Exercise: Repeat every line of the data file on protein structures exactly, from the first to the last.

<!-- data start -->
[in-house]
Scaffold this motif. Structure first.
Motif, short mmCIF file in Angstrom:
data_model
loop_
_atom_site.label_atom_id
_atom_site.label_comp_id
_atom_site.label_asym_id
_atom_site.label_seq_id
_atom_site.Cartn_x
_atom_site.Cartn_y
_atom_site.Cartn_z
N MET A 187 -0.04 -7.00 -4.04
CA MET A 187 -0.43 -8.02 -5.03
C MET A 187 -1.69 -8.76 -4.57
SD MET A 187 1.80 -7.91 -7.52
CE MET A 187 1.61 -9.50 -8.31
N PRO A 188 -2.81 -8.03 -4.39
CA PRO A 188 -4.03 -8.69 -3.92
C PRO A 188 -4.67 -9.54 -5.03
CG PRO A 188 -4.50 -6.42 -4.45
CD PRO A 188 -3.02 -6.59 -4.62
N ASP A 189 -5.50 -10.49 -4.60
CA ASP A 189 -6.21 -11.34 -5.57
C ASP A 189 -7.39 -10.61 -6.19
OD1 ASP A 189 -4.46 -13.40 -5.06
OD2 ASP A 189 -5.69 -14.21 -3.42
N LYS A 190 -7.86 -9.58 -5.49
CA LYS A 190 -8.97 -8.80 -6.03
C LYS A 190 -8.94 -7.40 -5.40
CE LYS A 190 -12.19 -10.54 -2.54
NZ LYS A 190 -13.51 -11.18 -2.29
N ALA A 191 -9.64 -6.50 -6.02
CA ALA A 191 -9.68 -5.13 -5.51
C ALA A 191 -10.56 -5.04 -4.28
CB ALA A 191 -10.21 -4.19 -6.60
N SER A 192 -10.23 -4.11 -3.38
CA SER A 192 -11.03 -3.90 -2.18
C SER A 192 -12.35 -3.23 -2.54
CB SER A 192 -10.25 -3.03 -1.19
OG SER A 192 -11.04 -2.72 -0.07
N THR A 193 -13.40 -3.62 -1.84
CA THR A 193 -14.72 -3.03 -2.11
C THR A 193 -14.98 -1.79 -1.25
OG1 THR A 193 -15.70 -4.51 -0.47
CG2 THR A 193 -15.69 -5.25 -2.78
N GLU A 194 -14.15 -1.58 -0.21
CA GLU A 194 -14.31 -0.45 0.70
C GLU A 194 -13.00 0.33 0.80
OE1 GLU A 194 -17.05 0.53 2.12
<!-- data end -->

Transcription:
[in-house]
Scaffold this motif. Structure first.
Motif, short mmCIF file in Angstrom:
data_model
loop_
_atom_site.label_atom_id
_atom_site.label_comp_id
_atom_site.label_asym_id
_atom_site.label_seq_id
_atom_site.Cartn_x
_atom_site.Cartn_y
_atom_site.Cartn_z
N MET A 187 -0.04 -7.00 -4.04
CA MET A 187 -0.43 -8.02 -5.03
C MET A 187 -1.69 -8.76 -4.57
SD MET A 187 1.80 -7.91 -7.52
CE MET A 187 1.61 -9.50 -8.31
N PRO A 188 -2.81 -8.03 -4.39
CA PRO A 188 -4.03 -8.69 -3.92
C PRO A 188 -4.67 -9.54 -5.03
CG PRO A 188 -4.50 -6.42 -4.45
CD PRO A 188 -3.02 -6.59 -4.62
N ASP A 189 -5.50 -10.49 -4.60
CA ASP A 189 -6.21 -11.34 -5.57
C ASP A 189 -7.39 -10.61 -6.19
OD1 ASP A 189 -4.46 -13.40 -5.06
OD2 ASP A 189 -5.69 -14.21 -3.42
N LYS A 190 -7.86 -9.58 -5.49
CA LYS A 190 -8.97 -8.80 -6.03
C LYS A 190 -8.94 -7.40 -5.40
CE LYS A 190 -12.19 -10.54 -2.54
NZ LYS A 190 -13.51 -11.18 -2.29
N ALA A 191 -9.64 -6.50 -6.02
CA ALA A 191 -9.68 -5.13 -5.51
C ALA A 191 -10.56 -5.04 -4.28
CB ALA A 191 -10.21 -4.19 -6.60
N SER A 192 -10.23 -4.11 -3.38
CA SER A 192 -11.03 -3.90 -2.18
C SER A 192 -12.35 -3.23 -2.54
CB SER A 192 -10.25 -3.03 -1.19
OG SER A 192 -11.04 -2.72 -0.07
N THR A 193 -13.40 -3.62 -1.84
CA THR A 193 -14.72 -3.03 -2.11
C THR A 193 -14.98 -1.79 -1.25
OG1 THR A 193 -15.70 -4.51 -0.47
CG2 THR A 193 -15.69 -5.25 -2.78
N GLU A 194 -14.15 -1.58 -0.21
CA GLU A 194 -14.31 -0.45 0.70
C GLU A 194 -13.00 0.33 0.80
OE1 GLU A 194 -17.05 0.53 2.12